Procter & Gamble\'s letter-from-doctor policy

Posted on: Fri, 01/24/2003 - 12:22pm
abers's picture
Joined: 10/11/2001 - 09:00

Switching over from the Main Discussion board....

Procter & Gamble has instituted a policy of requiring a letter from a doctor before they will respond to questions about ingredients in their non-food products. (I don't know what their policy is for food products.) They respond to inquiries with a form letter from someone claiming to suffer from allergies saying they need a letter from a doctor, for our "safety," and ending by saying "if your doctor is anything like mine, I'm sure he or she will be happy" to send a letter. I would like to challenge this policy.

I did it on my own by writing them a letter describing the life-threatening nature of my sons's peanut allergy (see below), and they actually did respond to me, saying they were making an exception to their policy. Then I posted here on the main discussion board, and at least one other person has gotten the same response, and someone else has already tried sending them an e-mail about a different product.

Here is what I suggest: Write an e-mail to P&G about one of their products. Chances are you already use several of them. You can go to their website at [url=""][/url] and click on "Contact Us" in the upper left box. That brings you to a page where you can select a product to e-mail about (there's a whole list in a drop-down menu). After a while (a few days to a week?) you'll probably get the form response. Please post here if you do, including which product you asked about. THEN, if you're up for taking the next step (and I understand if you just want to stop there...), write a snail mail letter to the attention of the person the doctor's letter is supposed go to (they will specify in the response). I'm posting the letter I wrote below. See if you then get a response to that letter (they called me)...and post here about what happens.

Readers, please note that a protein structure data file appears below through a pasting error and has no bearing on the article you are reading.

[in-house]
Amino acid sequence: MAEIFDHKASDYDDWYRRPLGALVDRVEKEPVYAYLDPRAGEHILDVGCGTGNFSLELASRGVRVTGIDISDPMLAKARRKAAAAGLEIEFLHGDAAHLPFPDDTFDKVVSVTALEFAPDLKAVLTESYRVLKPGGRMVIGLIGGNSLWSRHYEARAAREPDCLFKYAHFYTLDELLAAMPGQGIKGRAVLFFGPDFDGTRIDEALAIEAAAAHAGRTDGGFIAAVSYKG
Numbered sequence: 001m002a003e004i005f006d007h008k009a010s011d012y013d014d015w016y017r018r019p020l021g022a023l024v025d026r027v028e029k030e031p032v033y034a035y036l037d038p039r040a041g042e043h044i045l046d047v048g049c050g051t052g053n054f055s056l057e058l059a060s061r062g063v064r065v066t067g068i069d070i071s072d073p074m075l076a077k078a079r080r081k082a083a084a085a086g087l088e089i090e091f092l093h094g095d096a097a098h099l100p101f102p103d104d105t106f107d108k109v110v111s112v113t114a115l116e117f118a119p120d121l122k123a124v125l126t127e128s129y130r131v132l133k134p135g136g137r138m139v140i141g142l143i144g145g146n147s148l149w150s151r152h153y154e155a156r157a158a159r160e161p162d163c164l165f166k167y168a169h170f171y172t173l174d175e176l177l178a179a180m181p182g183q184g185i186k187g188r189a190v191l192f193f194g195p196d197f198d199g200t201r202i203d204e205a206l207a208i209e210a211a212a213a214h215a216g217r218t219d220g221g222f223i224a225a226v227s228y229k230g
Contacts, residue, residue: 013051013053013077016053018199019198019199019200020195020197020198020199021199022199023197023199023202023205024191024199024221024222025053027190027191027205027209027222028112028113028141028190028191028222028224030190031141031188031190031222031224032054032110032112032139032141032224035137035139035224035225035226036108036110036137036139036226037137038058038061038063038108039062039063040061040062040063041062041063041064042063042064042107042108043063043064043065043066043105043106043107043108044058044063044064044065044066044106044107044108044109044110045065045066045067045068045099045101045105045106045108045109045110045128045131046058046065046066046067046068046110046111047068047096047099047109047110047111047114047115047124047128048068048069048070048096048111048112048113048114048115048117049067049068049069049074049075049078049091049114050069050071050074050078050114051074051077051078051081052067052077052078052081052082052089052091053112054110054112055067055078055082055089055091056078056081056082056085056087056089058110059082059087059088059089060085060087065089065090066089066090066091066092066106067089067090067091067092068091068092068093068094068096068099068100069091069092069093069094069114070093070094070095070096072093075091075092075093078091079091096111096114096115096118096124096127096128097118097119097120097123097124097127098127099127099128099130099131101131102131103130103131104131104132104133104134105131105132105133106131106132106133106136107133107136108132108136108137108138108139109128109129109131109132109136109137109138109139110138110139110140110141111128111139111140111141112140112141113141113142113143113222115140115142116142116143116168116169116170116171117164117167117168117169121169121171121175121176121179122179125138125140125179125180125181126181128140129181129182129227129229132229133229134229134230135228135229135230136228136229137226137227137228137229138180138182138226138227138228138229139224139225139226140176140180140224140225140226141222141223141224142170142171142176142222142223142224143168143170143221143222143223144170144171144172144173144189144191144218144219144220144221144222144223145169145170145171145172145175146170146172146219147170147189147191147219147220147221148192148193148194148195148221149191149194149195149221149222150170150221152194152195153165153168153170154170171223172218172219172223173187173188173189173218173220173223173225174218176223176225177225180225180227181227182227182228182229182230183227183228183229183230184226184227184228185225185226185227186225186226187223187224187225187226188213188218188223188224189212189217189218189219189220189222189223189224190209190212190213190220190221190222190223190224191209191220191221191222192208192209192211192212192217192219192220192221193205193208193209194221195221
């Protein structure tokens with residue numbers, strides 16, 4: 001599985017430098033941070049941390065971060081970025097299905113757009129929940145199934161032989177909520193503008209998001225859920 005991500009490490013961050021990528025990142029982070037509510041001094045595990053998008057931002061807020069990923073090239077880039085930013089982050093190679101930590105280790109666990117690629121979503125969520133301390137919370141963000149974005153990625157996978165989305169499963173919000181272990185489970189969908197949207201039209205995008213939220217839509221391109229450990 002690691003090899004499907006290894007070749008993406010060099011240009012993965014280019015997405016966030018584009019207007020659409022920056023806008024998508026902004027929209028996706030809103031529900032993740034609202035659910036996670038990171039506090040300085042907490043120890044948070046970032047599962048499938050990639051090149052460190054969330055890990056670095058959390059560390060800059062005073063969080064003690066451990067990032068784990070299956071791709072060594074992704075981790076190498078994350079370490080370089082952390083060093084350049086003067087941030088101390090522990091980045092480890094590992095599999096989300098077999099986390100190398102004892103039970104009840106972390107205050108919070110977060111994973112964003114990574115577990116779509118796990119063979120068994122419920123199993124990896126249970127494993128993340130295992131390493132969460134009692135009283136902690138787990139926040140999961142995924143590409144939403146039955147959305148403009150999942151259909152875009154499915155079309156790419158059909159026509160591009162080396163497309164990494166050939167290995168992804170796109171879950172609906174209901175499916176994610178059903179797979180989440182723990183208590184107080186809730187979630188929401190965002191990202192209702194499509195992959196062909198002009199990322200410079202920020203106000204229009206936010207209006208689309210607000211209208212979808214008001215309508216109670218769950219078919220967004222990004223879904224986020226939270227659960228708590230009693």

I hope we can get at least few people to do what I did and get them to make an exception. I will then try contacting someone higher up in the company to voice our complaints about this ridiculous policy -- and I'll be able to say I'm speaking on behalf of many parents who have tried to get info. on their products. If I can say something like, "Since you seem to make exceptions to this policy for life-threatening allergies, why don't you just change the policy?"...all the better.

Here is the letter that I wrote that got them to respond:
Consumer Relations
PO Box 599
Cincinnati OH 45201
Attn: Lori McNamara

Dear Ms. McNamara:

My child suffers from a life-threatening allergy to peanuts and tree nuts. He almost died last year after having an anaphylactic reaction. Reactions can be triggered not only by ingestion, but by contact and inhalation. I know that seems incredible, but it is true -- as much as I wish it were not. These are not "allergies" in sense that we usually think of them.